Want to watch this video? Sign up for the course here. Or enter your email below to watch one free video.

Unlock This Video Now for FREE

This video is normally available to paying customers.
You may unlock this video for FREE. Enter your email address for instant access AND to receive ongoing updates and special discounts related to this topic.

In this lesson, you'll be learning about cat and dog burn care, including the difference between serious and superficial wounds, and how you should handle each. At the end of the lesson, we'll provide you with a Word about pets and lightning strikes.

Fortunately, burns are quite uncommon for dogs and cats. However, the biggest risks to your pet, in the event of a burn, include:

  • Secondary infection
  • Fluid loss
  • Electrolyte imbalances

For these reasons, burns should be taken very seriously, and most pets who suffer a burn injury should be properly evaluated by your veterinarian.

Having said that, the severity of burn injuries can vary greatly. Some burn wounds can be superficial. These wounds can be seen as fur that has been singed away or a reddened patch of skin that may look a bit raw.

Pro Tip: If your pet has a superficial burn and that wound is confined to a small area, it might be appropriate to treat the wound at home and closely monitor your pet for any other serious signs of trouble, like infection.

However, if that burn wound involves a larger surface area on your pet or is a deeper burn wound – meaning you notice blistering or charring of your pet's skin – you need to get your pet to a veterinarian as soon as possible.

How to Treat a Superficial Burn Wound at Home

Again, even though we've mentioned this repeatedly, it bears mentioning once more – make sure the scene is secure and that it's safe to approach your pet if you suspect he or she has suffered a burn wound.

  1. Begin by checking your pet's vital signs. Pay particular attention to his or her respiratory system. A pet that has been in a fire will likely be at risk of suffering from smoke inhalation. If your pet is showing any breathing abnormalities, this can be a life-threatening situation and deserves an immediate trip to see the vet. Skip the burn wound care for now; the respiratory situation takes precedence.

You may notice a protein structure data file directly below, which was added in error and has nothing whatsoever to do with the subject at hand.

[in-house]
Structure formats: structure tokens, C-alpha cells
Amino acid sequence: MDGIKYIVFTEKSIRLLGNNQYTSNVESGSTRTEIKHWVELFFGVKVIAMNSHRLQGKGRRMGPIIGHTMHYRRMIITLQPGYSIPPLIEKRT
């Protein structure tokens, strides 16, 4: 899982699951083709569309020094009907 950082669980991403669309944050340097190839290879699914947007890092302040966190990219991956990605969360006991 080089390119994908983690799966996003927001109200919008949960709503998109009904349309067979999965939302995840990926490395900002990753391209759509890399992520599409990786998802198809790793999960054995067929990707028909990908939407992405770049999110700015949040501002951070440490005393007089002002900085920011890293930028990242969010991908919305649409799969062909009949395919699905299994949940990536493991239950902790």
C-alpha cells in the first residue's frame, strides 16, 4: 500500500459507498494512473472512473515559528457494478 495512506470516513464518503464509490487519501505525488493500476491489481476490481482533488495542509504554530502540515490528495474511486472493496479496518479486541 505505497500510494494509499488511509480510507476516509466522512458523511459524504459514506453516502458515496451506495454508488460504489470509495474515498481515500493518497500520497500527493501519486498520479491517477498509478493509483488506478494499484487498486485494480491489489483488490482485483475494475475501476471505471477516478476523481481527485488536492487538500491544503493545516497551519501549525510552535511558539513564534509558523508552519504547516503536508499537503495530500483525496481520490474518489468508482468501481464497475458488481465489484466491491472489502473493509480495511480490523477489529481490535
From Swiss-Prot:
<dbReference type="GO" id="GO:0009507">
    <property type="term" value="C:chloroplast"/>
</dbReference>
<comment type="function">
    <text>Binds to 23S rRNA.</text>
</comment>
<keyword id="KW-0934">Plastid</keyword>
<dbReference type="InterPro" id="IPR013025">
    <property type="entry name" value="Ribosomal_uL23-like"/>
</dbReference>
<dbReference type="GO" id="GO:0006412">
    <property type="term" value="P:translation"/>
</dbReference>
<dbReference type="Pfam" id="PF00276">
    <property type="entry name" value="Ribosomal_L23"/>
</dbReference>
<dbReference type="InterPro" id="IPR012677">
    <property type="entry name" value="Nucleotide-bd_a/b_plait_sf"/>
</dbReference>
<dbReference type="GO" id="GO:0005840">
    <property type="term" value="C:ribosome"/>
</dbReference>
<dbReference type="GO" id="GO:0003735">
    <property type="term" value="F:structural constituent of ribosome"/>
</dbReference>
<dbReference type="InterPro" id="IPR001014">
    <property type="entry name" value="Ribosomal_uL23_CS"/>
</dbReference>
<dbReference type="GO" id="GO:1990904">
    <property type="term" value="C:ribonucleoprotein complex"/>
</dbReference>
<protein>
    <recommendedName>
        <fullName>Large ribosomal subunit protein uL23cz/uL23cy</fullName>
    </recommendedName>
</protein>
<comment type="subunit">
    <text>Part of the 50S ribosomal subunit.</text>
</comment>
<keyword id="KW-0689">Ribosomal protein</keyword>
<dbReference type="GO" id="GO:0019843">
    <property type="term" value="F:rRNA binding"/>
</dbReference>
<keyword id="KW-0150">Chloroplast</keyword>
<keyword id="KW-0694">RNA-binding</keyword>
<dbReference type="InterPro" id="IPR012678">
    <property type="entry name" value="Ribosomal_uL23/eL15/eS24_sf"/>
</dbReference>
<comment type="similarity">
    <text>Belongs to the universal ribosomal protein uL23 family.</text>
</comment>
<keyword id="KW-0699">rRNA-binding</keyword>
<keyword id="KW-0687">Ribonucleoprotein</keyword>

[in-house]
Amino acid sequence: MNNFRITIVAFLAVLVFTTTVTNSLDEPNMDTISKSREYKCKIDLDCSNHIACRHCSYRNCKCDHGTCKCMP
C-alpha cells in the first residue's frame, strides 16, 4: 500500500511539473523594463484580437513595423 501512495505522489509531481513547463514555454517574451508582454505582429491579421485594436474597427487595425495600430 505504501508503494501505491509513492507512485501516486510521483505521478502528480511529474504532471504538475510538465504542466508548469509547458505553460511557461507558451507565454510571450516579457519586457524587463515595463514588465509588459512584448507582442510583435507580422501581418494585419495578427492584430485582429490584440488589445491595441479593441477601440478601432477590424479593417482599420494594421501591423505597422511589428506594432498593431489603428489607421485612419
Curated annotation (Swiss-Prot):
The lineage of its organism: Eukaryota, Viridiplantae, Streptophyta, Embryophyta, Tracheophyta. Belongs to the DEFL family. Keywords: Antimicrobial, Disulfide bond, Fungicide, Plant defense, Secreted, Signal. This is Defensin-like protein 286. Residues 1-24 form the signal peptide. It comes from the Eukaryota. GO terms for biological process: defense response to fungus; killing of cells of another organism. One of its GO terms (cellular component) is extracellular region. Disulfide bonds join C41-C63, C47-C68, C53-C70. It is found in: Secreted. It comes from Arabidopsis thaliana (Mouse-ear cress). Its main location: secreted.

2. If your pet seems to be breathing normally, you can cool off any burned areas with cool water. Do not use ice water or ice. Your goal here is to stop the spread of any more heat. A burn may continue to produce more heat for a while after the actual incident.
  3. Once your pet's burn is thoroughly cooled off, wrap him or her in a towel or blanket and transport your pet to the veterinarian for further evaluation and care.

Warning: Burns are not the type of injury to take lightly, and there's just so much you can do at home. A trip to the vet will almost always be warranted, whether or not you decide to treat a superficial wound before going.

A Word About Pets and Lightning Strikes

Master Instructor Arden Moore knows the incredible odds of being struck by lightning, and yet, it happened anyway. And it happened while she was walking her two dogs.

If you're interested in reading her harrowing personal account of the incident, you can do so here: Lighting Strikes with Pets.

Arden's experience prompted her to learn more about how lightning strikes occur, beginning with the five types of lightning strikes.

  1. Direct
  2. Side flash
  3. Ground current (the type she and her two dogs experienced)
  4. Conduction
  5. Streamers

If you follow that link above, Arden also shares her tips for avoiding the kind of trouble she found herself in. Plus, the story itself is also worth a few minutes. And if you're worried about a happy ending, don't be. Everyone survived the lightning strike just fine.